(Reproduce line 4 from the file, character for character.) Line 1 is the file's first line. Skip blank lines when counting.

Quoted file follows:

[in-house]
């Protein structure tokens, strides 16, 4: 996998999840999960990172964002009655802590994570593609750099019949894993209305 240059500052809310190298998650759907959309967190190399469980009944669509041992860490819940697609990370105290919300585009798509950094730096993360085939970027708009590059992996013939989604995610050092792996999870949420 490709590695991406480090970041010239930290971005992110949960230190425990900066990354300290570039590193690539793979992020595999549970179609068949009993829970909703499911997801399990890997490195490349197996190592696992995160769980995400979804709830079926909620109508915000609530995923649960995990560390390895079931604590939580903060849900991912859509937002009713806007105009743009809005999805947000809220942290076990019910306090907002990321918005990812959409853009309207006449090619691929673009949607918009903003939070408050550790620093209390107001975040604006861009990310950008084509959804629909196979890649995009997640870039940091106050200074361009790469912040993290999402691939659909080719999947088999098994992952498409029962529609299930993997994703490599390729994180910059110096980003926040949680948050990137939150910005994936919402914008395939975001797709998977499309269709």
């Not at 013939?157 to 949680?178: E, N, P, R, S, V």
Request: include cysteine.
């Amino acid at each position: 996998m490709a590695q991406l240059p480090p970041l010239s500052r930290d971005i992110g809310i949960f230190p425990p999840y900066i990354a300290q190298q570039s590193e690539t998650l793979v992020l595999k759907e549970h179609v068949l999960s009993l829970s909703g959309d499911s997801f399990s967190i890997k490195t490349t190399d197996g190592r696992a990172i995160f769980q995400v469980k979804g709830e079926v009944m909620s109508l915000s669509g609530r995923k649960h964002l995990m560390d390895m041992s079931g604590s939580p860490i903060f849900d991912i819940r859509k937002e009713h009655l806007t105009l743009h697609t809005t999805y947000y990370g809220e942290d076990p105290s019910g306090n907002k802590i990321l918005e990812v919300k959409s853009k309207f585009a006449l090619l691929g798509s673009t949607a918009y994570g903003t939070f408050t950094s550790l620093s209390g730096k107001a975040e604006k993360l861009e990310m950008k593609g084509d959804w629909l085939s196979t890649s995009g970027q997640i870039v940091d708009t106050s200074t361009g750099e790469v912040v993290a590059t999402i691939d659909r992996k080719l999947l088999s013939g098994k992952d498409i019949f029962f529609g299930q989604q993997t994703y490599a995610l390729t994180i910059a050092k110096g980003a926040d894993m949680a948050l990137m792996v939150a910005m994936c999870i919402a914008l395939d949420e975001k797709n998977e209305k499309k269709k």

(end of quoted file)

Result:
Request: include cysteine.